Trends in the size of the nation's homeless population during the 1980s: A surprising result
There are good national estimates of the number of homeless people in shelters in 1984, 1988, and 1990, but only in 1987 is there a reliable estimate of the number of people sleeping in streets. The large increase in the sheltered homeless population between 1984 and 1987-88 could reflect a shift of the homeless from street to shelters rather than a growth in total homelessness. Data from a number of local studies of homeless populations in U.S. cities in the 1980s have made it possible to estimate the ratio of the number of homeless on the street to the number of homeless in shelters and thereby to estimate the size of the national homeless population over this period with some degree of accuracy. Our estimates indicate that the expansion of shelters over the decade did have the effect of reducing the proportion of the homeless living on the street. Still, when we combine the estimated ratios with the estimates of the shelter population in 1984, 1987, 1988, and 1990, we find that homelessness about doubled between 1984 and 1987. We also find that homelessness declined between 1987 and 1990. At its peak, the number of people literally homeless on any given night was less than 400,000. Finally, our results also provide evidence that pure enumerations or censuses of the homeless population lead to undercounts. Both sample censuses and retrospective interview studies provide more complete counts.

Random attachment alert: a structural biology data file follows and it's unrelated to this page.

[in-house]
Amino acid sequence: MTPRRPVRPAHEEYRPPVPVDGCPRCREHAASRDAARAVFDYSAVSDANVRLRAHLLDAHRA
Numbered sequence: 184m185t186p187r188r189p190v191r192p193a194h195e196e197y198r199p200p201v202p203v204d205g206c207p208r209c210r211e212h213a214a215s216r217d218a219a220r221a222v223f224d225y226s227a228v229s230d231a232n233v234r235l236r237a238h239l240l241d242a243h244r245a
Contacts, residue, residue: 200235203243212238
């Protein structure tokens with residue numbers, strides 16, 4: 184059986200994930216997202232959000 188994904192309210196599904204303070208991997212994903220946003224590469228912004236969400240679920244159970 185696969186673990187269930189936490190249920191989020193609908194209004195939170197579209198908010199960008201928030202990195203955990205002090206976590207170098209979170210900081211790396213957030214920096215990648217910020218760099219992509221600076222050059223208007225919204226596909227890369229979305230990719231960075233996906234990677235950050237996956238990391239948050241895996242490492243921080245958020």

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- Barrett Lee, 1989. "Stability and Change in an Urban Homeless Population," Demography, Springer, vol. 26(2), pages 323-334, May.
- Richard B. Freeman & Brian Hall, 1986. "Permanent Homelessness in America?," NBER Working Papers 2013, National Bureau of Economic Research, Inc.
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